The detours on memory lane

20th June, 2024

Do you remember where you were when you heard that planes had struck the World Trade Center? That the Challenger shuttle had exploded? Or that Nelson Mandela had been released?

Your memories may be different from mine, but not as different as Fiona Broome’s. I remember watching the live TV footage of Nelson Mandela walking to freedom after 27 years in captivity, while Broome, an author and paranormal researcher, remembers Nelson Mandela dying in prison in the 1980s.

When Broome discovered that she was not the only person to remember an alternative version of events, she started a website about what she dubbed “the Mandela Effect”. On it, she collected shared memories that seemed to contradict the historical record. (The site is no longer online but, never fear, Broome has published a 15-volume anthology of these curious recollections.)

Mandela, of course, did not die in prison. On a recent trip to South Africa, I visited Robben Island, where he and many others were incarcerated in harsh conditions, to speak to former prisoners and former prison guards, and to wander around a city emblazoned with images of the smiling, genial, elderly statesman. How could it be that anyone remembers differently?

The truth is that our memories are less reliable than we tend to think. The cognitive psychologist Ulric Neisser vividly remembered where he was when he heard that the Japanese had launched a surprise attack on Pearl Harbor on December 7 1941. He was listening to a baseball game on the radio when the broadcast was interrupted by the breaking news, and he rushed upstairs to tell his mother. Only later did Neisser realise that his memory, no matter how vivid, must be wrong. There are no radio broadcasts of baseball in December.

On January 28 1986, the Challenger space shuttle exploded shortly after launch; a spectacular and highly memorable tragedy. The morning after, Neisser and his colleague Nicole Harsch asked a group of students to write down an account of how they learnt the news. A few years later, Neisser and Harsch went back to the same people and made the same requests. The memories were complete, vivid and, for a substantial minority of people, completely different from what they had written down a few hours after the event.

What’s stunning about these results is not that we forget. It’s that we remember, clearly, in detail and with great confidence, things that simply did not happen.

Other researchers have gone further. In the 1990s, the psychologist Elizabeth Loftus conducted a study that has become famous as the “Lost in the Mall” experiment. She recruited subjects and persuaded older members of each subject’s family to write a paragraph about each of four incidents in the subject’s childhood. The subjects were asked to read these short memory-prompts and then to elaborate or, if they didn’t remember the episode, to say so.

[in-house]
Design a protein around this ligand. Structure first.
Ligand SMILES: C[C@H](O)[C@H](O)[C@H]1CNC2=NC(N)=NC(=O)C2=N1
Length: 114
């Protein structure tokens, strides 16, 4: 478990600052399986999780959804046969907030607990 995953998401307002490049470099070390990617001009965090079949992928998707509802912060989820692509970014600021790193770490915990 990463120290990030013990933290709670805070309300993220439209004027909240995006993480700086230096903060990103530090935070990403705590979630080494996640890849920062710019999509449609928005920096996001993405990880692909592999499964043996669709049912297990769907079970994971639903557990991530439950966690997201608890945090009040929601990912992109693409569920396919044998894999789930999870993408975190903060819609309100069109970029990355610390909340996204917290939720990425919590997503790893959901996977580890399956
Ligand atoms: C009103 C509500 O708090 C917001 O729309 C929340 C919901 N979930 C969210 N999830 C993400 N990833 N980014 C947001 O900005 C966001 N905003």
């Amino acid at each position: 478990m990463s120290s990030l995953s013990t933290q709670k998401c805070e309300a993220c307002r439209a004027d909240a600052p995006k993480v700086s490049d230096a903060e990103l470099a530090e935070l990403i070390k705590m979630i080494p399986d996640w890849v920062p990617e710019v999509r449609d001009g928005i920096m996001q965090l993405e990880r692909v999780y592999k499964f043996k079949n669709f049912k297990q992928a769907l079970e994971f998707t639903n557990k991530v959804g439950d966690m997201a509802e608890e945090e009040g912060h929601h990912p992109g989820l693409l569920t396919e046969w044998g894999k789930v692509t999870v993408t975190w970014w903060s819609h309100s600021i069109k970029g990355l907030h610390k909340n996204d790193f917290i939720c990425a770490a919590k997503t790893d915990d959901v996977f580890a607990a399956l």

The trick in Loftus’s experiment was that one of the four incidents described was fictional. Remember that time you were lost in the mall? Sure, said some (but not all) of the subjects, serving up a string of compelling details, all of which they thought they remembered.

Loftus’s work has often been used in criminal trials, and this is a sensitive topic. For some critics, it is just one more excuse to dismiss the testimony of people who have suffered abuse. So it’s worth being clear that just because some memories are false, doesn’t mean they all are. Seventy five per cent of the subjects in Loftus’s experiments simply said that they didn’t remember being lost in a mall. The point is not that our memories always let us down, but that when they do, neither their vividness nor our own confidence is a good guide to what really happened.

We should hardly be surprised that some people have memories of things that never happened. It is easy to see how some people might have formed the vague impression that Mandela died in prison: the activist Steve Biko was killed in the custody of South African police and there were worldwide protests throughout the 1980s against the evils of apartheid. Given what we know about how memory works, a vague impression can be enough to prompt clear and specific memories of non-existent events.

Broome, for her part, insists that people should not rush to the “simplistic” explanation that our memories play tricks on us, and should instead explore the “wealth of evidence . . . that may point to parallel realities and Many Interacting Worlds”.

Fine. We are all entitled to our own beliefs. Some people believe that our memories can deceive us. Some people believe that there is an alternate timeline in which Mandela died in prison, and that people, or memories, are slipping from one timeline to another.

But there is more at stake here than a theory of multiverses or a grasp of the history of South Africa. We all have subjective feelings about our beliefs, and there is no reliable connection between feeling confident about a belief, and that belief being true. Mandela multiverse believers have an unusual view of the world, but there is nothing unusual about feeling certain yet being wrong. We’ve all done that.

As Kathryn Schulz, author of Being Wrong, reminds us, we are all familiar with the lurching realisation that we were wrong. But until the moment of revelation there is no distinctive mental state that feels like being wrong. Being wrong feels exactly like being right.

Written for and first published in the Financial Times on 24 May 2024.

Loyal readers might enjoy the book that started it all, The Undercover Economist.

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